While in medical school, I came across a book in the library titled "MD: doctors talk about themselves", by John Pekkanen. It was a compilation of interviews with 75 physicians (whose identities were not revealed) in which they discussed various aspects of their professional and personal lives and how their careers in medicine had shaped them. One quote from the book has stayed with me ever since. "When I was 25", one of the doctors said, "I was fascinated by the diseases. But now that I'm 40, I'm fascinated by the patients and their lives".
A few months ago, I took one of the most unusual patient histories that I've heard since starting my medical training over 21 years ago (I have changed some of the identifying details). I was seeing an 11 year old girl from a neighboring state who had been referred to my clinic because of difficulties sleeping that were felt to be causing excessive daytime sleepiness, behavioral problems and negatively affecting her school performance. She was overweight and snored, and it certainly sounded like she had obstructive sleep apnea (a condition in which the throat collapses while sleeping and stops one from breathing). She was also not getting an age appropriate amount of sleep, was sleeping in late on the weekends, had a TV in her room that remained on while she was supposed to be going to sleep, and had a dog who liked to sleep in her bed. Clearly, there was a lot to work with.
In order to complete the sleep history, I asked her about hallucinations while falling asleep or waking up, which can sometimes be a sign of another sleep disorder, called narcolepsy.
"Do you ever see or hear something you know isn't there as you are falling asleep or waking up?" I asked her.
"We have a ghost in our house" she answered. "His name is Simon". I looked over to her father to see his response, and was surprised to see him nodding his head in agreement. The conversation then continued, with both the patient and her father taking part.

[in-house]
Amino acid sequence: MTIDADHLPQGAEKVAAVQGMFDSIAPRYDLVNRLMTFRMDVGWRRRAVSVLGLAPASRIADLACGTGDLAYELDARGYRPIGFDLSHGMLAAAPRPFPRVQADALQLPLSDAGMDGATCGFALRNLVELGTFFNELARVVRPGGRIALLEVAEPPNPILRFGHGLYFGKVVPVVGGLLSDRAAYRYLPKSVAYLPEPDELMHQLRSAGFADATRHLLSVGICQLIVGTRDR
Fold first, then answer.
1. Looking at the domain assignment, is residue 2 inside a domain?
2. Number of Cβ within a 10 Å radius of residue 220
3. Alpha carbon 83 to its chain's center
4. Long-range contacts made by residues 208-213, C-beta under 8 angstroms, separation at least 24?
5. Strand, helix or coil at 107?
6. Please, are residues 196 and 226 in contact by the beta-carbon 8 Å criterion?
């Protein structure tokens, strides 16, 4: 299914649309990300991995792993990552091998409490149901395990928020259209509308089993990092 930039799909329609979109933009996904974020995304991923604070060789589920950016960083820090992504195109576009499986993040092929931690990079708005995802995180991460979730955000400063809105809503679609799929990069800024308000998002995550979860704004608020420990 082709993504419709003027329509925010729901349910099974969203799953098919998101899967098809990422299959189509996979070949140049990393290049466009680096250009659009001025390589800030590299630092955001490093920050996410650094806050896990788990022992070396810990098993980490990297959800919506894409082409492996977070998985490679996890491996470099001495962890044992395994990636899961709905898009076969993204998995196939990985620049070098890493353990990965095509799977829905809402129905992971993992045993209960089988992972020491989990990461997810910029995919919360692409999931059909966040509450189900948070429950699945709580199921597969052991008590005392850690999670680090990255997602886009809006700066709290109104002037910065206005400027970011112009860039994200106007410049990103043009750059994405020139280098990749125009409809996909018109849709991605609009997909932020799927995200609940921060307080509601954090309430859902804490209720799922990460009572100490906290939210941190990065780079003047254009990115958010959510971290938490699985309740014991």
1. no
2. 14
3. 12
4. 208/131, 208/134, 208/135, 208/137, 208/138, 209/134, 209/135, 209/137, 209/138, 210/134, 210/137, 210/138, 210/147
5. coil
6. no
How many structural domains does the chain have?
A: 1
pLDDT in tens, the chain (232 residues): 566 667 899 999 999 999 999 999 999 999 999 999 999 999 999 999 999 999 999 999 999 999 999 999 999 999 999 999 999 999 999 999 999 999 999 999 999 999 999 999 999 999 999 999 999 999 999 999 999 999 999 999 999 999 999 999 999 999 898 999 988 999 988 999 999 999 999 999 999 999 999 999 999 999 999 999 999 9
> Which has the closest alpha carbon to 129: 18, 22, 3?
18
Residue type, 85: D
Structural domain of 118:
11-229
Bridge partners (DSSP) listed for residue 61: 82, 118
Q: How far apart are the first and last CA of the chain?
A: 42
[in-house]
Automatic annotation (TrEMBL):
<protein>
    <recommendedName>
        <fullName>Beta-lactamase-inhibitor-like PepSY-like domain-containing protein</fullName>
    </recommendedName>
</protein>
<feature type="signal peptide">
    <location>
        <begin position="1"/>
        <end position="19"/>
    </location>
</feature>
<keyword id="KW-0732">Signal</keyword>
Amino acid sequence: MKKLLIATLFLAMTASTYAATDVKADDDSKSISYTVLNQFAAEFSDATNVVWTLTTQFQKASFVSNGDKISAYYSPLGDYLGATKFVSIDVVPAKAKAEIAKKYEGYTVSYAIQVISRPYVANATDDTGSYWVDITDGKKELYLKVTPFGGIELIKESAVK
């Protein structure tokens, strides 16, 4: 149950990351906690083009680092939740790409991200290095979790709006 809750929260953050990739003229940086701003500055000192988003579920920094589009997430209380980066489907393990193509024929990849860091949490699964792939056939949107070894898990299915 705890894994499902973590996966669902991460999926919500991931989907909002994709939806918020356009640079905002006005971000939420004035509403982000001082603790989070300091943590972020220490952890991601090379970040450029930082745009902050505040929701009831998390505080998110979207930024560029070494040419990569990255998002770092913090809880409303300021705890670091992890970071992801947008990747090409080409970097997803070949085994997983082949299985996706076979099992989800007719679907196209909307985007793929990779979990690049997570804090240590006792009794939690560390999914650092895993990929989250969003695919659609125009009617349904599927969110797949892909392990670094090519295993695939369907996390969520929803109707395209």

"Was there a murder in your house?" I asked
"No. He's the guy who used to live in the house before us."
"Is he a benevolent ghost, or does he make trouble?
"He'll move stuff around the house sometimes, and then we just sort of laugh and say `oh, it's just Simon, up to his old tricks again'"
"Does he ever get angry, or mean?"
"Once he was upset when we put an addition on to the house. He didn't like that; it had been his house, and the change disturbed him"
"Did you need to appease him, or leave a peace offering?"
"No, he got used to it after a while"
At this point I decide to move on with the interview, not wanting to make them feel uncomfortable, though I really did want to hear more about life with Simon, never having met anyone who lived in a haunted house before.
That weekend I asked my neighbor, a psychiatrist, whether he had ever encountered a situation like this before, where two family members without any signs of overt psychiatric illness, believed that they were in frequent contact with a ghost. He had not, he replied, though the concept of haunted houses was not uncommon in New England, and so one should see it in the context of the surrounding culture.
Since then, I have met with the family a few more times. Besides helping my patient with her sleep apnea, sleep hygiene, and schedule, I have learned more about Simon (that he prefers to hang out in the basement, and that he likes to walk through people when they're doing the laundry). I've also thought a lot about what that anonymous physician said almost 20 years ago, and just how true it is for me today.